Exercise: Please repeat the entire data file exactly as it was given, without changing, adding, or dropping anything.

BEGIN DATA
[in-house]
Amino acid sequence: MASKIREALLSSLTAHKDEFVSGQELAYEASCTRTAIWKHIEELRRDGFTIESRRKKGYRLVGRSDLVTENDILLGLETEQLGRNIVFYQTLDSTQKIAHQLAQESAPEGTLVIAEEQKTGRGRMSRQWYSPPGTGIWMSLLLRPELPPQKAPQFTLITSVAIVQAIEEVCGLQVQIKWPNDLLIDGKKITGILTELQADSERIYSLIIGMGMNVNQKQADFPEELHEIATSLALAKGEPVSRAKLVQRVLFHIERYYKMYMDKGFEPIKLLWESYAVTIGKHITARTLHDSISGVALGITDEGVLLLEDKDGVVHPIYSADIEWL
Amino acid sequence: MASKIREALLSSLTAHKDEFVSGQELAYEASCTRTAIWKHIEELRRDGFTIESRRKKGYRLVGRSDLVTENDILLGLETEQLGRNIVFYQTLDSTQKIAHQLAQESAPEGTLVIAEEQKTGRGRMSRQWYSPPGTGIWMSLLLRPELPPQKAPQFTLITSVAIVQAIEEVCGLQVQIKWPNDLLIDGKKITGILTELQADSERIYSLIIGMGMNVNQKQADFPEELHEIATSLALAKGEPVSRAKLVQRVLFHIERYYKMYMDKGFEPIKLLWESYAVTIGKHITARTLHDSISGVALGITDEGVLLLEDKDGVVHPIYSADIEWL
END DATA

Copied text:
[in-house]
Amino acid sequence: MASKIREALLSSLTAHKDEFVSGQELAYEASCTRTAIWKHIEELRRDGFTIESRRKKGYRLVGRSDLVTENDILLGLETEQLGRNIVFYQTLDSTQKIAHQLAQESAPEGTLVIAEEQKTGRGRMSRQWYSPPGTGIWMSLLLRPELPPQKAPQFTLITSVAIVQAIEEVCGLQVQIKWPNDLLIDGKKITGILTELQADSERIYSLIIGMGMNVNQKQADFPEELHEIATSLALAKGEPVSRAKLVQRVLFHIERYYKMYMDKGFEPIKLLWESYAVTIGKHITARTLHDSISGVALGITDEGVLLLEDKDGVVHPIYSADIEWL
Amino acid sequence: MASKIREALLSSLTAHKDEFVSGQELAYEASCTRTAIWKHIEELRRDGFTIESRRKKGYRLVGRSDLVTENDILLGLETEQLGRNIVFYQTLDSTQKIAHQLAQESAPEGTLVIAEEQKTGRGRMSRQWYSPPGTGIWMSLLLRPELPPQKAPQFTLITSVAIVQAIEEVCGLQVQIKWPNDLLIDGKKITGILTELQADSERIYSLIIGMGMNVNQKQADFPEELHEIATSLALAKGEPVSRAKLVQRVLFHIERYYKMYMDKGFEPIKLLWESYAVTIGKHITARTLHDSISGVALGITDEGVLLLEDKDGVVHPIYSADIEWL